Author’s Reply to Cheung et al. Comment on: “Endurance Performance is Influenced by Perceptions of Pain and Temperature: Theory, Applications and Safety Considerations”
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The praise by Wallace et al.  relating to our review  is humbly acknowledged and well received. Indeed, it is hoped the review will be useful in practice whilst providing impetus for further relevant research. We agree with Wallace et al.  that future research could focus on ways to affect an individual’s mental state relative to augmenting endurance exercise performance in the heat. Psychological skills-training (motivational self-talk) described by Wallace et al.  has efficacy in this regard. Other techniques may also be of benefit; in a case study, an ultra-distance runner used visual imagery (imagining running through ice and snow) and kinaesthetic imagery (pretending to feel very cold) in order to cope while running 800 km in 20 days through very hot North American deserts . By diverting attentional focus from the pain and discomfort, there was (allegedly) maintenance of performance despite challenging conditions. Consequently, one avenue worth...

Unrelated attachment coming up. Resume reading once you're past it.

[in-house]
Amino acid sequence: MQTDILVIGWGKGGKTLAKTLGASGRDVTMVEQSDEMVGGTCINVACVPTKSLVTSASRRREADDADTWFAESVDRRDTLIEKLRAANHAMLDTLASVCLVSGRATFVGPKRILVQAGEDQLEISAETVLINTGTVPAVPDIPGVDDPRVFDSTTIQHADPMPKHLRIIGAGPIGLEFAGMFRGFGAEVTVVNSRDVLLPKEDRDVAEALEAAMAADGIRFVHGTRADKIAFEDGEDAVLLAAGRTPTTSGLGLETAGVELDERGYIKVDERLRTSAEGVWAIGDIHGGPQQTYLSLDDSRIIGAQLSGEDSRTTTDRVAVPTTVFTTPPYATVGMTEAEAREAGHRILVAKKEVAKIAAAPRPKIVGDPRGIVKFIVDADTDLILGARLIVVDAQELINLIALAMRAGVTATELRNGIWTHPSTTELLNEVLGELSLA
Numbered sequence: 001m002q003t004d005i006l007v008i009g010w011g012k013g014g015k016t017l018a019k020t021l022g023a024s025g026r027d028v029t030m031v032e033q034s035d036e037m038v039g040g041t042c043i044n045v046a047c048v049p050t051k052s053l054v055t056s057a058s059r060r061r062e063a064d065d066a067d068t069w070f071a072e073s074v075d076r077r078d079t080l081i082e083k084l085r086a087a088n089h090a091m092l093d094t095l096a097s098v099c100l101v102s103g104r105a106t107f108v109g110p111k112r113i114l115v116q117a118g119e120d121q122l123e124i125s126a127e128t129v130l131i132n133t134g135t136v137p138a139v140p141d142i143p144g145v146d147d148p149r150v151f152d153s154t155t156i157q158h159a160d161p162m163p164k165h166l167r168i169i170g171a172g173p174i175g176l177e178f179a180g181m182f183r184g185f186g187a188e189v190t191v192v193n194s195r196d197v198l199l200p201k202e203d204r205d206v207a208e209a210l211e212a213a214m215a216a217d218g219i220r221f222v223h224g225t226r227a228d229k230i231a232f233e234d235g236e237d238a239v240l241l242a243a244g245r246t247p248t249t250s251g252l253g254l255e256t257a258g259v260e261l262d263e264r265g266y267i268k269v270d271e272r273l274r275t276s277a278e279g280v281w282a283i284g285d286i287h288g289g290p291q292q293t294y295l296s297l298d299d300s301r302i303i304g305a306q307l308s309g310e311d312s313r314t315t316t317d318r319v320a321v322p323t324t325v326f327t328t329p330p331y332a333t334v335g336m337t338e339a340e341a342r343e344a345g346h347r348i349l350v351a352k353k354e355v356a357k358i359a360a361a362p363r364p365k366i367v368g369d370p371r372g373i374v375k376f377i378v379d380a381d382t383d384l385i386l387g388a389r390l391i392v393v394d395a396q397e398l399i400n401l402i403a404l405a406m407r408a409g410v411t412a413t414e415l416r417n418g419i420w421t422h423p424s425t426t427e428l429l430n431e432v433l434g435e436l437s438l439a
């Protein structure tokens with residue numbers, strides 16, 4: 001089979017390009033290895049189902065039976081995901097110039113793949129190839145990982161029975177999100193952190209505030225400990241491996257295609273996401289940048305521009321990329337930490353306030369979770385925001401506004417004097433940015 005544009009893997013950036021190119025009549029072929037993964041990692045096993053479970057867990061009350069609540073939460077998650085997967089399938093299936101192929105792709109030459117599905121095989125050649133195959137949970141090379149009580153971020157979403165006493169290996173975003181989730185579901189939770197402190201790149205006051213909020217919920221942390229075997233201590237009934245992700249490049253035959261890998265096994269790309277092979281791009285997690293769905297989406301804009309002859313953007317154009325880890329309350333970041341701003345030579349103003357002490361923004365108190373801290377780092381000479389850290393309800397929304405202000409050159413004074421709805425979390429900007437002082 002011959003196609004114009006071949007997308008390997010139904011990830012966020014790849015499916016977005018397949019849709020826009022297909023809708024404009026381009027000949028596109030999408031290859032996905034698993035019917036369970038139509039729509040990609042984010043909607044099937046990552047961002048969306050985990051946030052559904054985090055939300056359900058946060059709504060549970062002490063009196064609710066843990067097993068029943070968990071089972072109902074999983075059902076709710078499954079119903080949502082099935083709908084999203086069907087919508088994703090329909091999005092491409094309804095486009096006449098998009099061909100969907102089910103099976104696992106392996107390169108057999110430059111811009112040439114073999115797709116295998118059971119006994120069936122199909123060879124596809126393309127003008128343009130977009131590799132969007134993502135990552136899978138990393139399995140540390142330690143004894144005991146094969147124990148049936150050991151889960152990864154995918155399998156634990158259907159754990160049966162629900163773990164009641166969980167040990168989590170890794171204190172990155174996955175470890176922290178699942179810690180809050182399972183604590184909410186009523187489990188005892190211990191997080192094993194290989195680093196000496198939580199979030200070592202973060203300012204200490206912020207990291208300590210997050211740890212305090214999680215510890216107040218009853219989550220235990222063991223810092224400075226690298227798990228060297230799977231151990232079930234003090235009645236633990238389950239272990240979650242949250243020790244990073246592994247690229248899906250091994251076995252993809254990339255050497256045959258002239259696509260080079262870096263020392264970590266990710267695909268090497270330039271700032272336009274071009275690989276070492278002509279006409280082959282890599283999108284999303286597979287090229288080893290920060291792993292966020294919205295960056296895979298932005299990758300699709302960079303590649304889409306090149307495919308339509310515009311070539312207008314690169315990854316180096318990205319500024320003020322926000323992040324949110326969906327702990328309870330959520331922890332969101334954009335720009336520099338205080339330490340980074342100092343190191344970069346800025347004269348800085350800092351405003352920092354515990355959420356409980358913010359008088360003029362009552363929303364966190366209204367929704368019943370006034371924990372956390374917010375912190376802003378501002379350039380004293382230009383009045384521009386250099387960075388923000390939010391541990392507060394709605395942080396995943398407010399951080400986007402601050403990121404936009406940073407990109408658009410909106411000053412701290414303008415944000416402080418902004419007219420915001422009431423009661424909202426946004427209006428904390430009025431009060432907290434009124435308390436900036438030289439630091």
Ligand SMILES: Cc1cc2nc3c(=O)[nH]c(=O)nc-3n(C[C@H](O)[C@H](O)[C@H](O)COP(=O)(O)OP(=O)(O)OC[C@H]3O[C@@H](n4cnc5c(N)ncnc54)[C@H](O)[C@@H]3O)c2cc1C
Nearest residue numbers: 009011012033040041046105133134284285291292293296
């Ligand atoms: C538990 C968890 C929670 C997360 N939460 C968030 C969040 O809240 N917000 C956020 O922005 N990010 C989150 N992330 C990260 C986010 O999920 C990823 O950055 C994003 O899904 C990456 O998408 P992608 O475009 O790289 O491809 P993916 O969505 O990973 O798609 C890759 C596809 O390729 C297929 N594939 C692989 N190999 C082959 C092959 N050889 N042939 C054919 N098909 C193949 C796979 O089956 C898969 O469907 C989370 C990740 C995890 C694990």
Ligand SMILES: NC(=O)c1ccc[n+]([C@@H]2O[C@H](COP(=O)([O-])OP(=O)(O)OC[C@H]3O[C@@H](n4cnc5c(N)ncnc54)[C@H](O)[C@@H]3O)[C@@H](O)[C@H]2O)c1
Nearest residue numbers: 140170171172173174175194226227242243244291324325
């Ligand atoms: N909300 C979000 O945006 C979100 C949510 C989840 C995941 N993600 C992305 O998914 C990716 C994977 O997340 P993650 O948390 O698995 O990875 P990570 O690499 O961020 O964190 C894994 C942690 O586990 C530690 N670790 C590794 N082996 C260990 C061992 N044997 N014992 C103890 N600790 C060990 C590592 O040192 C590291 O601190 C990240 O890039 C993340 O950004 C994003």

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No sources of funding were used to assist in the preparation of this letter.
Conflicts of interest
Christopher Stevens, Alexis Mauger, Peter Hassmèn and Lee Taylor declare that they have no conflicts of interest relevant to the content of this letter.